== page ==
It takes a lot of resources – including time and energy to take revenge on copycats. Also, it diverts your attention from focusing on your game.
Blockbuster movies almost always end in revenge.
A villain attacks a town. She destroys properties, kills some people and takes others as hostages to a hideaway place.
A boy who survives this brutal attack is hunted by the ordeal.
The nightmare consumes him day in day out.
In time, he learns to fight and gathers the necessary weaponry and goes on an adventure to revenge the dead and rescue the hostages.
He fails in his first two attempts.
Finally, he succeeds. He kills the villain and saves the hostages. An entire town is shattered in the process.
There’s a piece of sobering music at the end as the survivors saunter their way back home, covered in bloodstains and soot.
So who rebuilds the destroyed town? How much would it cost? And who heals all the physical and emotional wound?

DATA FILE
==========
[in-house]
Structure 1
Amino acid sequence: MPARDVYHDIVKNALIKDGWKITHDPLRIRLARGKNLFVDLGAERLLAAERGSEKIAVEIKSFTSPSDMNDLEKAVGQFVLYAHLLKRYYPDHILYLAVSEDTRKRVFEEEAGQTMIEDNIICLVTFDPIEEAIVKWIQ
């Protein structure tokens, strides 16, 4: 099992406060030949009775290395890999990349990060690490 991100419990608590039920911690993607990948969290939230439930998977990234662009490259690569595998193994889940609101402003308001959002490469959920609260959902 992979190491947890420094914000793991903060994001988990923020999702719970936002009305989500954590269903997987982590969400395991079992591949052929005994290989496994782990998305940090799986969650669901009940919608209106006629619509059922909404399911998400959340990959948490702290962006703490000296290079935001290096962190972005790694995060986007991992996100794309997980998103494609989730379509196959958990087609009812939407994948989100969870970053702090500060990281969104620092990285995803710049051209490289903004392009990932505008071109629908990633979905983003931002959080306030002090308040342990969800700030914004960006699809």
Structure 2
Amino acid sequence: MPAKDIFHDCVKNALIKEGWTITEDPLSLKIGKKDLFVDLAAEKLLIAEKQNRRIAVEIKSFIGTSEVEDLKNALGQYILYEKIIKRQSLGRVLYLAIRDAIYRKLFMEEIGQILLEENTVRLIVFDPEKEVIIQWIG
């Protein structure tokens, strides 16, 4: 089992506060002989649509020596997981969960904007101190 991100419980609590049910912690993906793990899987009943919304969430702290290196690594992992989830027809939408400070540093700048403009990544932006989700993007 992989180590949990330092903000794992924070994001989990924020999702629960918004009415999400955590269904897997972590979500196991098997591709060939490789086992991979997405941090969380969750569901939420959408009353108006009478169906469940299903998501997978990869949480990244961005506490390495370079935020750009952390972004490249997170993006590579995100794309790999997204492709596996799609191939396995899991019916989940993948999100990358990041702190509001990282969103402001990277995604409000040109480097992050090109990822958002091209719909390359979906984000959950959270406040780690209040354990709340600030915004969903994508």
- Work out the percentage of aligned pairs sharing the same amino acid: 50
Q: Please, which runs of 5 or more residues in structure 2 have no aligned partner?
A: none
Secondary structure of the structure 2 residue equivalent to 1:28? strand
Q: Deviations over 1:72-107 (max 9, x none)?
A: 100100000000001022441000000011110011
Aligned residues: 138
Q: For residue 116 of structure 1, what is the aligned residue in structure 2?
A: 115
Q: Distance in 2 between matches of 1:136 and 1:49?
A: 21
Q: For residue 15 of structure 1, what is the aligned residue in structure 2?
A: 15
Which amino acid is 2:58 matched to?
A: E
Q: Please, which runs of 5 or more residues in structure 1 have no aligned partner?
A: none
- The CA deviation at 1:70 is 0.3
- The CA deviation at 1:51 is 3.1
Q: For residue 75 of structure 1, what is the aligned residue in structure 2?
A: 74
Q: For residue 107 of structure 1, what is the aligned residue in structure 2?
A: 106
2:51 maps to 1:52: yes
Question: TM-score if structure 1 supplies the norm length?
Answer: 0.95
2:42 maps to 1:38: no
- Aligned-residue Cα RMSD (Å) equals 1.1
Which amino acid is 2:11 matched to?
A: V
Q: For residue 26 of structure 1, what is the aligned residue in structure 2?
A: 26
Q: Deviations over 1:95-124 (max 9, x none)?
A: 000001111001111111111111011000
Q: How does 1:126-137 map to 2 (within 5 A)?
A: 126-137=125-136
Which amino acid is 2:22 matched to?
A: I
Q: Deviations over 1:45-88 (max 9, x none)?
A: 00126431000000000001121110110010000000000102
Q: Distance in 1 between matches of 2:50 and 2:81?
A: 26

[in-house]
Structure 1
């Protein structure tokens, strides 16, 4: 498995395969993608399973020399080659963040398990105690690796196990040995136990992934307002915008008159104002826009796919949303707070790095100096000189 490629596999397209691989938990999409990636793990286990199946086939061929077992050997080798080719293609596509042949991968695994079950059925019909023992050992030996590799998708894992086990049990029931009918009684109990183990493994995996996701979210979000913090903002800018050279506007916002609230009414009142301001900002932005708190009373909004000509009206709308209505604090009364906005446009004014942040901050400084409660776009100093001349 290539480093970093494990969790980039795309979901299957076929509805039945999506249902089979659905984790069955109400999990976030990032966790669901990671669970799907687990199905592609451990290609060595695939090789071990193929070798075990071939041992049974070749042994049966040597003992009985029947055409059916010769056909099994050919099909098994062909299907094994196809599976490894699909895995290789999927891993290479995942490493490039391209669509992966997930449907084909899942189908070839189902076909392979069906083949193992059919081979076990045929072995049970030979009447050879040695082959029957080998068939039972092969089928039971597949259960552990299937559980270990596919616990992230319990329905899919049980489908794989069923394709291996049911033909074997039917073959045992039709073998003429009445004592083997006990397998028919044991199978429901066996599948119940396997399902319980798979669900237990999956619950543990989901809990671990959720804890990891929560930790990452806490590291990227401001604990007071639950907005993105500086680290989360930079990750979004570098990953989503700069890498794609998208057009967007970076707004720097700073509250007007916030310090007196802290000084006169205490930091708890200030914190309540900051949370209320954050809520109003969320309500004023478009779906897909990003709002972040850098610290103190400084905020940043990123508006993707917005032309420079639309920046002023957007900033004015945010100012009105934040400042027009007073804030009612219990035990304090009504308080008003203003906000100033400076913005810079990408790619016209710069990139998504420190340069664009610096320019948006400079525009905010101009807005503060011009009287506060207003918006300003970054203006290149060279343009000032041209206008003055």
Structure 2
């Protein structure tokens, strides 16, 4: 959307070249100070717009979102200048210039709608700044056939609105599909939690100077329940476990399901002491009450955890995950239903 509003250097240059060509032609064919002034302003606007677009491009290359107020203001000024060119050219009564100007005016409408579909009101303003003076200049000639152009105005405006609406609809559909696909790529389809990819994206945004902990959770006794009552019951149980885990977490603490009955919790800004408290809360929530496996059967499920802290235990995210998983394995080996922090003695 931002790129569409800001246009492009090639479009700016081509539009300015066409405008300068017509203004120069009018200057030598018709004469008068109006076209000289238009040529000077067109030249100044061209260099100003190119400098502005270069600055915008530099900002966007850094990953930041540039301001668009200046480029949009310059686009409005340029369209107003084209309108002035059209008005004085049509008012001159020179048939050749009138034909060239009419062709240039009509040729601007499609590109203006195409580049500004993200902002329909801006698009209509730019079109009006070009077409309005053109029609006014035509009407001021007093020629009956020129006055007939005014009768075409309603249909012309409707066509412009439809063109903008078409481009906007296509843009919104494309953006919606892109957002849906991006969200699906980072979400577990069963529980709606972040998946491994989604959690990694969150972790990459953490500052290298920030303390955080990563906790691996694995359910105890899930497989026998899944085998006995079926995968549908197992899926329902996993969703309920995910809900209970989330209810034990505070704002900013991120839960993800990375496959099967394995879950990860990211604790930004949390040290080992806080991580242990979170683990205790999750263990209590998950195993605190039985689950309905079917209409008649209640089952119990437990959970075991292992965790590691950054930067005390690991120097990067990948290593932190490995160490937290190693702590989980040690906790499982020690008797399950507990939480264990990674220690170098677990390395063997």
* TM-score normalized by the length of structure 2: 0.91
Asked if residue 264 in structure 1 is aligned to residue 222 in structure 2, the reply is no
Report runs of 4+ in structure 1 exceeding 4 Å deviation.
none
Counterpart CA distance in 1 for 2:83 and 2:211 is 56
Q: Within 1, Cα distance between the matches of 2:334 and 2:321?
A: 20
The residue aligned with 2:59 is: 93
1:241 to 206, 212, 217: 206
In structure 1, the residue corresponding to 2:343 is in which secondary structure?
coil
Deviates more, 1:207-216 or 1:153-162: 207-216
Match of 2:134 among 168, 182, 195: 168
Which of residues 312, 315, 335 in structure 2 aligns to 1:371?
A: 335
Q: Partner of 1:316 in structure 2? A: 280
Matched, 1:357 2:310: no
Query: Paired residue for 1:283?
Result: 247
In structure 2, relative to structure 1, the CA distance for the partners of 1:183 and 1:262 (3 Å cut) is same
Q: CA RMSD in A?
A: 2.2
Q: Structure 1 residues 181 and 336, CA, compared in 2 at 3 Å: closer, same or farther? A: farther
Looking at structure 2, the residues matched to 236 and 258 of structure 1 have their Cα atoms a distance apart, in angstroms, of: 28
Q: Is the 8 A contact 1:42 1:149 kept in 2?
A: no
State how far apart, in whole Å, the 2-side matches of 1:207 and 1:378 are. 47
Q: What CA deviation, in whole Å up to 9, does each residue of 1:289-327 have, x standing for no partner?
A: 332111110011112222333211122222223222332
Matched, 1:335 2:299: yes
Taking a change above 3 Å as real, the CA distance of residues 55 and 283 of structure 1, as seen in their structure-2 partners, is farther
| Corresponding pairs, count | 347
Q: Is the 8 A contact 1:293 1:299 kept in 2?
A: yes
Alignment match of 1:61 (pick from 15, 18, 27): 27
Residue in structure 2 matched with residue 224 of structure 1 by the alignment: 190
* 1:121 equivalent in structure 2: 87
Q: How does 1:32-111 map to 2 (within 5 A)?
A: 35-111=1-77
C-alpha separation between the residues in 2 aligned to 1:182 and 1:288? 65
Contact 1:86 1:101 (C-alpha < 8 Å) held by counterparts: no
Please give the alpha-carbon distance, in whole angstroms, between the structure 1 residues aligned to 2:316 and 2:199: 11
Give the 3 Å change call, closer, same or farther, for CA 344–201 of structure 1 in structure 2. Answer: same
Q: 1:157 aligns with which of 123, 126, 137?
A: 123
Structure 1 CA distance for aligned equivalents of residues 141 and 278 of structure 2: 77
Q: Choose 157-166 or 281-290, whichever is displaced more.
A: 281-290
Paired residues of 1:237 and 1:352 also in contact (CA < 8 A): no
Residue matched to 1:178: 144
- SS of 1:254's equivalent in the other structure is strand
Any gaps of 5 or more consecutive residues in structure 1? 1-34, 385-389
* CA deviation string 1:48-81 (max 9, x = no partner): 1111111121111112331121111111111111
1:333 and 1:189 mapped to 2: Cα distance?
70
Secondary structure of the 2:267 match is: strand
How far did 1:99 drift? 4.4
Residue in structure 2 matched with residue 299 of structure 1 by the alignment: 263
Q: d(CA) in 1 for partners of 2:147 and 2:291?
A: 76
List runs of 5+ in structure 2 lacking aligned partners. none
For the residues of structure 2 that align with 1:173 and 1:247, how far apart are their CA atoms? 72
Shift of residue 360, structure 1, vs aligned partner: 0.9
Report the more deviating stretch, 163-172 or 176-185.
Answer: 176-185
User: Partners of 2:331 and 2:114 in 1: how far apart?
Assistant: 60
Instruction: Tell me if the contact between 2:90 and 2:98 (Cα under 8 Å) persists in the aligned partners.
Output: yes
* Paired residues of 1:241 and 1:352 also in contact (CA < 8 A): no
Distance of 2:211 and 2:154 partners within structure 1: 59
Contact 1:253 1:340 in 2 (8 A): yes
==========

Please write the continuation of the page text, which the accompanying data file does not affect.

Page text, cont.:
That’s the work of revenge.
Some businesses exist purposely to copy and sell the great products others a creating. It hurts genuine business when fake versions of their products swamp the market.
How would your business react to imitators? By paying them in their own coin?
Big brands like Nike – who have imitators all over the world – react by creating more unique designs. This makes it extremely challenging for the copycats to keep up.
It takes a lot of resources and time and energy to go after every single imitator. Also, it diverts your attention from focusing on your game.
Consequently, the wounds inflicted by revenge may be too deep to heal.
by sesi ASANTE